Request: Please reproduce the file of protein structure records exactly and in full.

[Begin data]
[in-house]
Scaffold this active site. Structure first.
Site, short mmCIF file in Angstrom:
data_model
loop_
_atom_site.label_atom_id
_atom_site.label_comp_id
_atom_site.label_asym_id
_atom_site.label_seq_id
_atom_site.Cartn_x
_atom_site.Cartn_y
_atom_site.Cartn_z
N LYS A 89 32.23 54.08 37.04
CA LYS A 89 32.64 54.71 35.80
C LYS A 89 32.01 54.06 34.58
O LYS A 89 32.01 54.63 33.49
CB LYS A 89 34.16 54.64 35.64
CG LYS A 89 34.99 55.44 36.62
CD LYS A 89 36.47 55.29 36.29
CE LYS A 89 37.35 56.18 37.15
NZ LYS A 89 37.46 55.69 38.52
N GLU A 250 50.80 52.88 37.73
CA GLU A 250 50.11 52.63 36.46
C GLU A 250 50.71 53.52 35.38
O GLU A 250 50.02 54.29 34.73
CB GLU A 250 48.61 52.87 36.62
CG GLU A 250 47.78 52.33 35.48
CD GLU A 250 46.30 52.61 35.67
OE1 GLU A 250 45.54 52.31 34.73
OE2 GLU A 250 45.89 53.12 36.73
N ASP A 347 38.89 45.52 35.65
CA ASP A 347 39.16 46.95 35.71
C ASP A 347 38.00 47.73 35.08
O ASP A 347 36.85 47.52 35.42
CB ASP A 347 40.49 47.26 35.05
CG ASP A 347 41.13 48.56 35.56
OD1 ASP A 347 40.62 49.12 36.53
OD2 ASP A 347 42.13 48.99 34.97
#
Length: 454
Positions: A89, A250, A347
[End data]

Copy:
[in-house]
Scaffold this active site. Structure first.
Site, short mmCIF file in Angstrom:
data_model
loop_
_atom_site.label_atom_id
_atom_site.label_comp_id
_atom_site.label_asym_id
_atom_site.label_seq_id
_atom_site.Cartn_x
_atom_site.Cartn_y
_atom_site.Cartn_z
N LYS A 89 32.23 54.08 37.04
CA LYS A 89 32.64 54.71 35.80
C LYS A 89 32.01 54.06 34.58
O LYS A 89 32.01 54.63 33.49
CB LYS A 89 34.16 54.64 35.64
CG LYS A 89 34.99 55.44 36.62
CD LYS A 89 36.47 55.29 36.29
CE LYS A 89 37.35 56.18 37.15
NZ LYS A 89 37.46 55.69 38.52
N GLU A 250 50.80 52.88 37.73
CA GLU A 250 50.11 52.63 36.46
C GLU A 250 50.71 53.52 35.38
O GLU A 250 50.02 54.29 34.73
CB GLU A 250 48.61 52.87 36.62
CG GLU A 250 47.78 52.33 35.48
CD GLU A 250 46.30 52.61 35.67
OE1 GLU A 250 45.54 52.31 34.73
OE2 GLU A 250 45.89 53.12 36.73
N ASP A 347 38.89 45.52 35.65
CA ASP A 347 39.16 46.95 35.71
C ASP A 347 38.00 47.73 35.08
O ASP A 347 36.85 47.52 35.42
CB ASP A 347 40.49 47.26 35.05
CG ASP A 347 41.13 48.56 35.56
OD1 ASP A 347 40.62 49.12 36.53
OD2 ASP A 347 42.13 48.99 34.97
#
Length: 454
Positions: A89, A250, A347